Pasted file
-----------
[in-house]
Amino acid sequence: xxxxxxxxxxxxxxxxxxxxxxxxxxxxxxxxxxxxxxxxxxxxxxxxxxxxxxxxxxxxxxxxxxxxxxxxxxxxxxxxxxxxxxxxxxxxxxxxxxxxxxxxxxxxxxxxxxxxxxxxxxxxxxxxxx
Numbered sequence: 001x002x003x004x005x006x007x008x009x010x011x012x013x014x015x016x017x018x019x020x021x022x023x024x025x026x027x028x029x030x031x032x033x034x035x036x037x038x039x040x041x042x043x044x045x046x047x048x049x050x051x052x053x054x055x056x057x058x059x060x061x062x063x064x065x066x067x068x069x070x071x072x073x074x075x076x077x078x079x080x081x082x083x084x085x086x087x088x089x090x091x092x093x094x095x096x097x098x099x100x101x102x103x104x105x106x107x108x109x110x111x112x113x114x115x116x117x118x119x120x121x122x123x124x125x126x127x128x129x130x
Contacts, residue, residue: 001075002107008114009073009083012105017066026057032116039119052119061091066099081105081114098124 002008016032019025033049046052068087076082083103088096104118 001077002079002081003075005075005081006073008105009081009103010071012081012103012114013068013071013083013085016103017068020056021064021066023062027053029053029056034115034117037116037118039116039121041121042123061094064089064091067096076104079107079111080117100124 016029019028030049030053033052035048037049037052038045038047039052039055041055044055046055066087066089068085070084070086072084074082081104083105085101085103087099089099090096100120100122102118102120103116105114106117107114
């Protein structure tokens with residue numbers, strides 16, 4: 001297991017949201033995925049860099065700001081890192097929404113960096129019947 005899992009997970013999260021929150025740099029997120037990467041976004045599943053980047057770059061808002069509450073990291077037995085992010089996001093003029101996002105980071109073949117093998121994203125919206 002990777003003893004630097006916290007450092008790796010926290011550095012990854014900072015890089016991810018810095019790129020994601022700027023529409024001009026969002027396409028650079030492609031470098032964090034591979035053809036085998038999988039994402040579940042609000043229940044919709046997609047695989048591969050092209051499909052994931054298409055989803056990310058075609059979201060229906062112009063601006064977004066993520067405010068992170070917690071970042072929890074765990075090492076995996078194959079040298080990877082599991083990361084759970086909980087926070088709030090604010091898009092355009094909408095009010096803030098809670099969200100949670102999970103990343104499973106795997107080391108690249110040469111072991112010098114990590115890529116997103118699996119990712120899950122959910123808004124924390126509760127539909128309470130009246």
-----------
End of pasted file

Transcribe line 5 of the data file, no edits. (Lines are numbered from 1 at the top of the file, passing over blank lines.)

């Protein structure tokens with residue numbers, strides 16, 4: 001297991017949201033995925049860099065700001081890192097929404113960096129019947 005899992009997970013999260021929150025740099029997120037990467041976004045599943053980047057770059061808002069509450073990291077037995085992010089996001093003029101996002105980071109073949117093998121994203125919206 002990777003003893004630097006916290007450092008790796010926290011550095012990854014900072015890089016991810018810095019790129020994601022700027023529409024001009026969002027396409028650079030492609031470098032964090034591979035053809036085998038999988039994402040579940042609000043229940044919709046997609047695989048591969050092209051499909052994931054298409055989803056990310058075609059979201060229906062112009063601006064977004066993520067405010068992170070917690071970042072929890074765990075090492076995996078194959079040298080990877082599991083990361084759970086909980087926070088709030090604010091898009092355009094909408095009010096803030098809670099969200100949670102999970103990343104499973106795997107080391108690249110040469111072991112010098114990590115890529116997103118699996119990712120899950122959910123808004124924390126509760127539909128309470130009246």